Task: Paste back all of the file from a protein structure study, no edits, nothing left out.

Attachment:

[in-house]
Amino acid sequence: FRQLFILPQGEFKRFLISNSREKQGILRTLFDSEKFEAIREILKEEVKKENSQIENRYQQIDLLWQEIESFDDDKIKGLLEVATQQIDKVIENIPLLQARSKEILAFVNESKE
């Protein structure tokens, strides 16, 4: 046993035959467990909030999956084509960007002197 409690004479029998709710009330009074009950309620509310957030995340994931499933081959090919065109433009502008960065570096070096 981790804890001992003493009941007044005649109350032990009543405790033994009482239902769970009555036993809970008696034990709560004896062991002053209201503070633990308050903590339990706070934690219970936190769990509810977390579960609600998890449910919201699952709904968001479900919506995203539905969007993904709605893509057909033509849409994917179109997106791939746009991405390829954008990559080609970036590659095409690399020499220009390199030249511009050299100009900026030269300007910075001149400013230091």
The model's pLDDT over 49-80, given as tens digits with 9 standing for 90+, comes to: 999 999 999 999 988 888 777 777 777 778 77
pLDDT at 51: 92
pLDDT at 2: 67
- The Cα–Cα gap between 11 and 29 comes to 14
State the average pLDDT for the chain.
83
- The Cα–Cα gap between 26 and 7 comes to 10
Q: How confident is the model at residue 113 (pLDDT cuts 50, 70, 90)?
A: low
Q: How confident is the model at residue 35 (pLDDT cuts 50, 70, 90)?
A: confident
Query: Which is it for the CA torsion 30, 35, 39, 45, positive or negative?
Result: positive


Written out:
[in-house]
Amino acid sequence: FRQLFILPQGEFKRFLISNSREKQGILRTLFDSEKFEAIREILKEEVKKENSQIENRYQQIDLLWQEIESFDDDKIKGLLEVATQQIDKVIENIPLLQARSKEILAFVNESKE
């Protein structure tokens, strides 16, 4: 046993035959467990909030999956084509960007002197 409690004479029998709710009330009074009950309620509310957030995340994931499933081959090919065109433009502008960065570096070096 981790804890001992003493009941007044005649109350032990009543405790033994009482239902769970009555036993809970008696034990709560004896062991002053209201503070633990308050903590339990706070934690219970936190769990509810977390579960609600998890449910919201699952709904968001479900919506995203539905969007993904709605893509057909033509849409994917179109997106791939746009991405390829954008990559080609970036590659095409690399020499220009390199030249511009050299100009900026030269300007910075001149400013230091």
The model's pLDDT over 49-80, given as tens digits with 9 standing for 90+, comes to: 999 999 999 999 988 888 777 777 777 778 77
pLDDT at 51: 92
pLDDT at 2: 67
- The Cα–Cα gap between 11 and 29 comes to 14
State the average pLDDT for the chain.
83
- The Cα–Cα gap between 26 and 7 comes to 10
Q: How confident is the model at residue 113 (pLDDT cuts 50, 70, 90)?
A: low
Q: How confident is the model at residue 35 (pLDDT cuts 50, 70, 90)?
A: confident
Query: Which is it for the CA torsion 30, 35, 39, 45, positive or negative?
Result: positive